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I like to tell people back home in the USA that Phnom Penh isn't exactly a hardship post. "Seriously," I say. "We have French bistros. We have artisan flat crust pizza. You can buy five different flavors of Pop-tart. We have organic grocery stores. More than one. "
"No waaaayyyy," they say. But I'm right. And here's Naturae, an organic grocery store with a mostly-raw restaurant attached to it. This kind of place wouldn't bat an eye in the most dangerously hipster-infested bits of San Francisco, and here it is, slap-dab in the middle of Phnom Penh. I guess it'd be offensive if I didn't find it comforting.
The menu is mostly raw and revolves around hippie chow like cold soups, salads, sandwiches, and a variety of smoothies and juices, along with a couple of outliers.
Perhaps most significantly, you can get smoked salmon here, which is always nice when I'm suffering pink fish withdrawal.
This is chilled asaparagus soup with gobs of cream, and not unexpectedly, it's pretty delicious.
I had the frisee salad with scallop and hard parmesan cheese. Well, it did come with a couple of bite sized scallop morsels, though I guess I was expecting a bit much for a salad served in Phnom Penh.
Frisee is a rather unfortunate choice when paired with scallops, mainly because it's bitter and chewy - I'd choose a leafier and less in-your-face green for the job. I say a little prayer every day for the availability of hard parmesan in the wilds of Cambodia. Oh, life is hard these days. (Speaking of: First World Problems?)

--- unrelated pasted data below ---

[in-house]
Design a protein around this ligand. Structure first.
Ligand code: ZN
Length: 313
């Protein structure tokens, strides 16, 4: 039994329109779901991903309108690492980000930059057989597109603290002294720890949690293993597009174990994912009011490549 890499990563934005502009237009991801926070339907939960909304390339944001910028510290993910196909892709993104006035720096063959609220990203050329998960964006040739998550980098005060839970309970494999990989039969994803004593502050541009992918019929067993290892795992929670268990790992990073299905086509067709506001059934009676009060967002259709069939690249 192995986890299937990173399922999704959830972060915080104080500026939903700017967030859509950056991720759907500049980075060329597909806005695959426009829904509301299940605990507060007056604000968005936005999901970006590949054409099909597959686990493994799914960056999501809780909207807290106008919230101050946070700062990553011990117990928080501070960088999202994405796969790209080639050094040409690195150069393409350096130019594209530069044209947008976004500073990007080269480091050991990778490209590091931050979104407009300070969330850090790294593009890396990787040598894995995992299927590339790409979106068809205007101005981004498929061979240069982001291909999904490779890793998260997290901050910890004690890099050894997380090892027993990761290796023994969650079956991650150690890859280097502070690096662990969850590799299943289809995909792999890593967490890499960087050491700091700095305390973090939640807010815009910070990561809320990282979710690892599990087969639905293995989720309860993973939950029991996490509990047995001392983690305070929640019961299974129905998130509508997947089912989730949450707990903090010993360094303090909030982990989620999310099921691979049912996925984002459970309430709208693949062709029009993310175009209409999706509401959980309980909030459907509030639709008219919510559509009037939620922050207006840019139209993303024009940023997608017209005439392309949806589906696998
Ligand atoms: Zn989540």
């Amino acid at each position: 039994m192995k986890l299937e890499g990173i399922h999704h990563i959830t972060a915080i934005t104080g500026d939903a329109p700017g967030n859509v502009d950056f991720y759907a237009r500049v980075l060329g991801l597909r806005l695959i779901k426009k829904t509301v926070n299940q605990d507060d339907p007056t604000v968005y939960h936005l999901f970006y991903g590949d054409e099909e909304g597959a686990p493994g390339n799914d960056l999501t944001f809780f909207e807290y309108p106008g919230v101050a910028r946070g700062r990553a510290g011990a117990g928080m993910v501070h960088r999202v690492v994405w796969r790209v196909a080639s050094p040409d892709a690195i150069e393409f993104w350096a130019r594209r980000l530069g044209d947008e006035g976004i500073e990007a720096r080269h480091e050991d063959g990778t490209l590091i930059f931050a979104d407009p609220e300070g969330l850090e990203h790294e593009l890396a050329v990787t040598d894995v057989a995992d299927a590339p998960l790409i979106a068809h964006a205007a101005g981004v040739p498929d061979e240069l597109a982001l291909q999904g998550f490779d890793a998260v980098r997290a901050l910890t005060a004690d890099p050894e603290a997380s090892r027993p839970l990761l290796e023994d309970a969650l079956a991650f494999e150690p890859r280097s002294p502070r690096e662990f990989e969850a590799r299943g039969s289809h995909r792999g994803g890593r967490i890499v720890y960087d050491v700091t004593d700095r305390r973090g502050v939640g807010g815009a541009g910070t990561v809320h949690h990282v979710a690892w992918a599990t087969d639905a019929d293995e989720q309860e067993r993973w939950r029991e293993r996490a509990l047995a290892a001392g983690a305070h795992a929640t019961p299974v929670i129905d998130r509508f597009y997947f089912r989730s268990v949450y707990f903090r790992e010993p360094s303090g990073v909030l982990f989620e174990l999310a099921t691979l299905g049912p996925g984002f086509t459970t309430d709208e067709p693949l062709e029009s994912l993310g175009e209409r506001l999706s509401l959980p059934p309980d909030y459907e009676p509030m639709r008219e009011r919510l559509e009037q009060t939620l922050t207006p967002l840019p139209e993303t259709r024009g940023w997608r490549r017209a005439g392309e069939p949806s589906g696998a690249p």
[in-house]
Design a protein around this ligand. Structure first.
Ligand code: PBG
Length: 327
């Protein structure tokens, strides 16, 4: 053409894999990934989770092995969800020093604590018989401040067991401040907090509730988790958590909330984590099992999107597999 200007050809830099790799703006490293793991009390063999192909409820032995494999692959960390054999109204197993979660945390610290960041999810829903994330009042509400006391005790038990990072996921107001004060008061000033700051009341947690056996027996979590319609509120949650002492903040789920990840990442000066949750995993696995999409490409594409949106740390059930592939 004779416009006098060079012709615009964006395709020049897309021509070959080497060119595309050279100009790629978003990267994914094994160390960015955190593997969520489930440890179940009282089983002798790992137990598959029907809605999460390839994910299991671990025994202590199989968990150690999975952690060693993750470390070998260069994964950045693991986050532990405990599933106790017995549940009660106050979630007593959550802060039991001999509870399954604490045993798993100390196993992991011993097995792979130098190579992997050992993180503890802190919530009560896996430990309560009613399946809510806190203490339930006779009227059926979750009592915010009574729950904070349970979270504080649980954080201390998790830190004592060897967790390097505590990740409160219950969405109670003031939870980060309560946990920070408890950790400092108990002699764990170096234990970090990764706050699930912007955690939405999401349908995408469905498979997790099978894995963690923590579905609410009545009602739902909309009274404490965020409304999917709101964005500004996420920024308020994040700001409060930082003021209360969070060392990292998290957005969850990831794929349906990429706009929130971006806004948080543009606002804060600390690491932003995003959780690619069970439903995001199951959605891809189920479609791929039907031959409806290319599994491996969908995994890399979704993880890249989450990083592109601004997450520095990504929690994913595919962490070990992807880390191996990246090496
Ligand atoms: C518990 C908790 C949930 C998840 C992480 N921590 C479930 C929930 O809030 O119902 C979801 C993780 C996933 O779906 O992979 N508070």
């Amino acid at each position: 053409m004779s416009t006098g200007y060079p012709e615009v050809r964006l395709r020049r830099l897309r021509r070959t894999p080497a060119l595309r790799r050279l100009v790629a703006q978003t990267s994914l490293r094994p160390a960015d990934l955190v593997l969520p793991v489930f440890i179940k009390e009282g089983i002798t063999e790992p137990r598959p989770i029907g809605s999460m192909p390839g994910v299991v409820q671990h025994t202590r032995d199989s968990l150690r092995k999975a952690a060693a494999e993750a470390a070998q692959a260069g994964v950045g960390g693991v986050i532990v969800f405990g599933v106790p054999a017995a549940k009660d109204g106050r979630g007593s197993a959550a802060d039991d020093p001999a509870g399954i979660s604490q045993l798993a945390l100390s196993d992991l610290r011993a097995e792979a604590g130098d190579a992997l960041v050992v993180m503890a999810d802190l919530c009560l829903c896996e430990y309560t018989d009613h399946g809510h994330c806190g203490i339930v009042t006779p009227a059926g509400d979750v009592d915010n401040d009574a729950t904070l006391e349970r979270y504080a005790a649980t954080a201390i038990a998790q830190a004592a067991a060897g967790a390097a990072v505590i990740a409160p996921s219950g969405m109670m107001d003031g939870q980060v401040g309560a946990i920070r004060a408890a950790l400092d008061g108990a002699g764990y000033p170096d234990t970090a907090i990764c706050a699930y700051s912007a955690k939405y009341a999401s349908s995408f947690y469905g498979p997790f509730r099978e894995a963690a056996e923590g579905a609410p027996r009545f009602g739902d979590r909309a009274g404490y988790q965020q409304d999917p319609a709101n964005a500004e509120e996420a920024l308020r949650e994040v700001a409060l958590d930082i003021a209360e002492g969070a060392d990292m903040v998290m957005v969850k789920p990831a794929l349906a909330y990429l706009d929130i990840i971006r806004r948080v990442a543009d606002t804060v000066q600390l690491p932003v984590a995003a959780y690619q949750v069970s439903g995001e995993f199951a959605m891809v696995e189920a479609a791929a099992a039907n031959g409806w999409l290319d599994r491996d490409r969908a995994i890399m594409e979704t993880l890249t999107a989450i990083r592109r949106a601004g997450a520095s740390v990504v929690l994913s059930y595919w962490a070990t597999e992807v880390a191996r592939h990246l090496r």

We also shared the "Away to Norway," a rather creatively named plate of smoked salmon with dijon potato salad. It's a nice combination, though that's a lot of potato in one location - admittedly, I never really got potatoes. I know, I'm going to hell.
I haven't perused the organic grocery store bit of the shop, mainly because I'm 1. poor and 2. poor, but I imagine they will have things like sprouted wheat and interesting flavors of jam if you're the kind of person who needs that stuff in your life.
I could insert commentary on how, well, isn't it a bit odd that we have organic grocery raw-bars in Cambodia these days, when it's technically an impoverished third world nation where a lot of people don't even get enough non-organic food to eat, never mind sprouted wheat vellum or whatever, and maybe this is all a bit....decadent?
Nah, it's a sign of economic growth. That's my story.
"We even have smoked salmon," I tell My Fellow Americans, about Phnom Penh. "We have andouille sausages, and a Chilis knock-off restaurant, and salad bars, and pretentious cheeses that smell funny."